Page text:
News & Trends
The Downside of Teleworking
Technological advancements have significantly changed how we communicate and collaborate in our personal and professional lives. Videoconferencing tools now empower people to connect regardless of geographical distance. These tools have enabled businesses to save time and money and build stronger relationships with remote employees and partners. Remote collaboration applications allow us to work together more effectively and flexibly. Video conferencing tools have revolutionized communication. But it is imperative to examine the impact of these tools on work-life balance in the workplace, which is crucial to overall well-being and productivity.
In just a few short years, the conventional wisdom in corporate HR departments is that remote applications have allowed for more flexible working arrangements, giving employees a better balance between work and personal life. Individuals who have family commitments or commute long distances to work can particularly benefit from this flexibility. Videoconferencing tools can reduce stress and improve overall job satisfaction by enabling employees to work from home or other remote locations. Most employees won't debate those points.
But there is a downside.
According to research, a far-reaching article from SHRM revealed remote employees work longer, attend more meetings, and maintain more communication channels.
In a survey of 2,800 workers conducted by Los Angeles-based staffing firm Robert Half, nearly 70 percent of those who switched to remote work because of the pandemic now work on weekends, while 45 percent say they regularly work longer hours during the week than before. Those with children were likelier to work weekends and more than eight hours a day than those without. This is likely due to the difficulty of juggling work and family responsibilities in the same environment. The lack of physical separation between work and home can lead to longer hours and weekend work. Those under 40 are more likely to work weekends and more than eight hours a day than those over 40.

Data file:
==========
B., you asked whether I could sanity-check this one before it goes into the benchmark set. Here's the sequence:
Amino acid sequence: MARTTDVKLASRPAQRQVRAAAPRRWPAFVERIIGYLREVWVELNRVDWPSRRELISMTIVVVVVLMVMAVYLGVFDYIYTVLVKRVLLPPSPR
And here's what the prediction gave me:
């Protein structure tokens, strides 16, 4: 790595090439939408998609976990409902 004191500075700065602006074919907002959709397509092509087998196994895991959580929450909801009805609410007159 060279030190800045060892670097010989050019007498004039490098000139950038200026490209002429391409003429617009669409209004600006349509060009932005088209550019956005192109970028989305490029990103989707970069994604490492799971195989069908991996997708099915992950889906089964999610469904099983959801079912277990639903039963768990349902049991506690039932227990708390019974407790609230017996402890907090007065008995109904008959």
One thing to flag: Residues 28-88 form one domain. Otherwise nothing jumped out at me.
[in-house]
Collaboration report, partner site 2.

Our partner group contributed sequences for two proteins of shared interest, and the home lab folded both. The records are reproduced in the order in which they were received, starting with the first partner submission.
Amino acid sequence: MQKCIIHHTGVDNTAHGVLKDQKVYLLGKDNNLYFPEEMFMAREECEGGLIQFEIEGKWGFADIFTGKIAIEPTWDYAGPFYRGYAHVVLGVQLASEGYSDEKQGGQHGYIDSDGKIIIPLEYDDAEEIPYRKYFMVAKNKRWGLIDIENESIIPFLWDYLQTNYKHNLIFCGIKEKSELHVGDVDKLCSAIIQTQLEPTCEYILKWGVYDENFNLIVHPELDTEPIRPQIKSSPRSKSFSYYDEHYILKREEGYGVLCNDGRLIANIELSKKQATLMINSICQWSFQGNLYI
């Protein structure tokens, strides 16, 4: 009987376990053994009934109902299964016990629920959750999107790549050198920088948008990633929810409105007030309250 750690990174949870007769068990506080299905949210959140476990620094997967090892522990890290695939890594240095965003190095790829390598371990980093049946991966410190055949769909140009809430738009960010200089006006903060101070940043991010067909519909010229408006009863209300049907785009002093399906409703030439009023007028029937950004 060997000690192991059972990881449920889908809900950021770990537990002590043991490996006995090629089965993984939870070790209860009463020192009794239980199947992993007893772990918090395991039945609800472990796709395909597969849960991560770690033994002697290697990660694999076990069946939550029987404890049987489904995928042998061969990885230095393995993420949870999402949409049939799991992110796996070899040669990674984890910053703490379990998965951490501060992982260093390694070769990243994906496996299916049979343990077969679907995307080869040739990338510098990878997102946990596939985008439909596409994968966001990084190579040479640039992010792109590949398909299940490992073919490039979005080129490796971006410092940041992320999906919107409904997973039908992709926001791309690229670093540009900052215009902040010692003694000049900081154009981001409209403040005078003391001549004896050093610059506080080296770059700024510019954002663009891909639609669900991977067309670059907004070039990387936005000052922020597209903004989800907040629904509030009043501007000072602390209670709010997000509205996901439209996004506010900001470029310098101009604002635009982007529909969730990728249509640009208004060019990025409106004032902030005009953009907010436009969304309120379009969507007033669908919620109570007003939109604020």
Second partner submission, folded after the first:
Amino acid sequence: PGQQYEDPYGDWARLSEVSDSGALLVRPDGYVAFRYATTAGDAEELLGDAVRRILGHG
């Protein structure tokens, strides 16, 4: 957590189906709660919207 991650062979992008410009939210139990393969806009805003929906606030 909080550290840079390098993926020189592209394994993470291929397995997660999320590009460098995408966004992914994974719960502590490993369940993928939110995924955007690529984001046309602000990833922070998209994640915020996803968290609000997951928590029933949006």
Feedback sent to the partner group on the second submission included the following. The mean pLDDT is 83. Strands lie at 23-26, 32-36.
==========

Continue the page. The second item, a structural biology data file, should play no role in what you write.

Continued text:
"While remote work affords employees greater flexibility, it also makes disconnecting extremely difficult," said Paul McDonald, senior executive director at Robert Half. "Many people feel pressured to keep up with rising workloads and put in long hours to support the business and customer needs."
Robert Half's findings are supported by independent research. NBER reports that the average workday lengthened by 48.5 minutes in the weeks following stay-at-home orders and lockdowns across the US in March 2020. Meetings and internal e-mail activity also increased. The economists analyzed data from over 21,000 companies worldwide in 16 large metropolitan areas.
It should be noted that the results of the NBER study do not necessarily signify that people are working longer hours.
"It is unclear if this increase in average workday span represents a benefit or drawback to employee well-being," Evan DeFilippis, one of the study authors, said. "On one hand, the flexibility to choose one's working hours to accommodate household demands may empower employees by affording them some freedom over their schedule. On the other hand, the change in work schedule may result from a blurred distinction between work and personal life, making it easy to overwork."
The consequences of overworking could be dire to workers' health. It can lead to physical and mental exhaustion, increased stress levels, and difficulty sleeping. In some cases, workers may also experience a decrease in productivity due to burnout and fatigue. Non-stop working means your body continually works, stressing your organs, especially your heart, and brain. These can all seriously impact a person's health, including an increased risk of heart disease, stroke, and depression. Sitting too long at your computer can lead to carpal tunnel, back and vision issues.
Organizations must establish clear guidelines and expectations around videoconferencing tools to mitigate these potential adverse effects. This will help ensure that employees know the potential pitfalls of using videoconferencing tools, such as the risk of burnout. It will give them the tools and resources to use the technology responsibly. This may include setting boundaries for when employees are expected to be available for virtual meetings and encouraging regular breaks and time away from screens. Additionally, organizations should strive to balance virtual and in-person communication, ensuring that employees have opportunities to connect with their colleagues more personally and meaningfully.